A lyrical story of a woman seeking answers abroad and finding the unexpected: her father, who might just be a dictator.
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Masterful in its examination of freedom, prejudice, and personal and public inheritance, Sankofa is a story for anyone who has ever gone looking for a clear identity or home, and found something more complex in its place.
Anna is at a stage of her life when she's beginning to wonder who she really is. She has separated from her husband, her daughter is all grown up, and her mother—the only parent who raised her—is dead.
Searching through her mother's belongings one day, Anna finds clues about the African father she never knew. His student diaries chronicle his involvement in radical politics in 1970s London. Anna discovers that he eventually became the president—some would say dictator—of a small nation in West Africa. And he is still alive...
When Anna decides to track her father down, a journey begins that is disarmingly moving, funny, and fascinating. Like the metaphorical bird that gives the novel its name, Sankofa expresses the importance of reaching back to knowledge gained in the past and bringing it into the present to address universal questions of race and belonging, the overseas experience for the African diaspora, and the search for a family's hidden roots.
My mother was six months dead when I opened the trunk I found under her bed. I opened the trunk on the same day her headstone was erected. Rose, my daughter, accompanied me to the cemetery. I wore black, like it was a second funeral. Grass had grown over her grave, the earth erasing all memory of its disturbance. The headstone was marble, paid for by my mother’s funeral insurance. Rose chose the gold-lettered inscription.
Bronwen Elizabeth Bain
Beloved Mother, Grandmother, Daughter and Sister
Remember me when I am gone away,
Gone far away into the silent land.
The Rossetti quote was a touch melancholic, but so was my mother and, for that matter, so was Rose. We laid flowers, fresh white chrysanthemums. Rose said a few words, addressing my mother as if she were present. When she finished, she turned to me. I shook my head. The practice felt too foreign and fanciful.
Afterwards, we had lunch near Rose’s office, in what my mother would have called a smart restaurant, a maître d’ by the door, thick cloth napkins on the tables. Rose went back to work, and I returned home to retrieve my mother’s trunk from the storage cupboard. The day’s ritual had left me wanting to touch something that belonged to her.
Why I love it
BOTM Editorial Team
The symbol of Sankofa comes to us by way of the Akan people of Ghana. Typically represented by a bird with its head turned backwards— it is a reminder to remain connected to our past to nourish and propel us in the present. It is an altogether fitting namesake for a book as brimming with vim and wisdom as this one.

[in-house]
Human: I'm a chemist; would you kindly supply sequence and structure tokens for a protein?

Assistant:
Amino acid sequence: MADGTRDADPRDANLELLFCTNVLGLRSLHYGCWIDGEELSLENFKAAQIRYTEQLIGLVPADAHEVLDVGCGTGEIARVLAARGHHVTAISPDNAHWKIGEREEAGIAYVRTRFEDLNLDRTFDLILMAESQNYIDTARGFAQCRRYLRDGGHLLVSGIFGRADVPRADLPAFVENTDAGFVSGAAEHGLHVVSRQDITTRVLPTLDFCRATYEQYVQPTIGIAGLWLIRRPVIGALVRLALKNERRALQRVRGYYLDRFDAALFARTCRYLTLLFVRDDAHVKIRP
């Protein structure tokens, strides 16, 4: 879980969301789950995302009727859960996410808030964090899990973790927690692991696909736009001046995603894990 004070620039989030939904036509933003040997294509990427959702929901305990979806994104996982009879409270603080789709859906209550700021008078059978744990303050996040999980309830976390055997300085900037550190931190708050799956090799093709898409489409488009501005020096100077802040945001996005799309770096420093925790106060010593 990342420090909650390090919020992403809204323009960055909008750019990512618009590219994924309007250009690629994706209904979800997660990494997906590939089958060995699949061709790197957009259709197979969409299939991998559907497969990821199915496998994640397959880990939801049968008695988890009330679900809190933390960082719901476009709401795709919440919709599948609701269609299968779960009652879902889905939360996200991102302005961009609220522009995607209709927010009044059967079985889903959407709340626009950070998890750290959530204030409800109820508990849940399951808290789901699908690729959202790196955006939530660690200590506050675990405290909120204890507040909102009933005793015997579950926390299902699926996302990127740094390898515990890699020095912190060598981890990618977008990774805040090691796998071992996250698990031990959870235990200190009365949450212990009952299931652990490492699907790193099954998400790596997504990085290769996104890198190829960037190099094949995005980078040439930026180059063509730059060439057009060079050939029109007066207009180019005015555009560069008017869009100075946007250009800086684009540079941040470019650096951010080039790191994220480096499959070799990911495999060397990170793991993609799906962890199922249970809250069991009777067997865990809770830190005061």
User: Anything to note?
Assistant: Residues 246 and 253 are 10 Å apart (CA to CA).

Sankofa introduces us to its protagonist during a moment of agonizing uncertainty. Anna is feeling adrift and unmoored; her daughter is fully grown and she has recently separated from her husband. As she tries to make sense of how she has arrived at this uneasy juncture, Anna begins to rifle through old family effects, hoping for some answers buried in her past. She soon stumbles upon the diaries of the father she never knew and after following the rabbit hole she has dug for herself finds to her surprise that he is alive . . . and potentially the exiled dictator of a small West African nation. This sends her on a continent spanning journey, but the greatest revelations come from the interior. As Anna uncovers hidden parts of her family history, she begins to piece together a deeper understanding of identity, family, and the meaning of diaspora.
This is a special book that deploys every tool at its disposal to explore the big questions and put its characters (especially its lead) through the wringer. Anna is a fully realized character with all of the flaws, contradictions, and above all charms that that implies. And through her journey of discovery, I would contend, the curious reader may just come away with their own new sense of self-knowledge and a greater awareness of the powerful grip the past can hold on the present.
Member ratings (1,341)
Eureka Springs, AR
Beautiful story of a woman finding the father she never knew. Many things are brought to mind. Things like prejudice, entitlement, power and looking back while pressing forward. An interesting story!
Beautiful, heartbreaking, & thought-provoking! The family drama was captivating and the book left me pondering white saviorism & bias in how we judge other countries vs how we judge our own leaders.
So beautifully written! The author captured the life of a hopeful immigrant so beautifully. And the search for self & belonging when you don't look like any tribe. It was a page turner. Loved tt!
South Bend, IN
This was lovely overall. The characters are a bit flat in places and the side plots all kind of unravel without concluding but I was invested in the main storyline and the writing is lyrical.
A very interesting book. It made me think, which I always appreciate in a book. I liked Anna’s character development, and the way her view of her mother changed by meeting her father.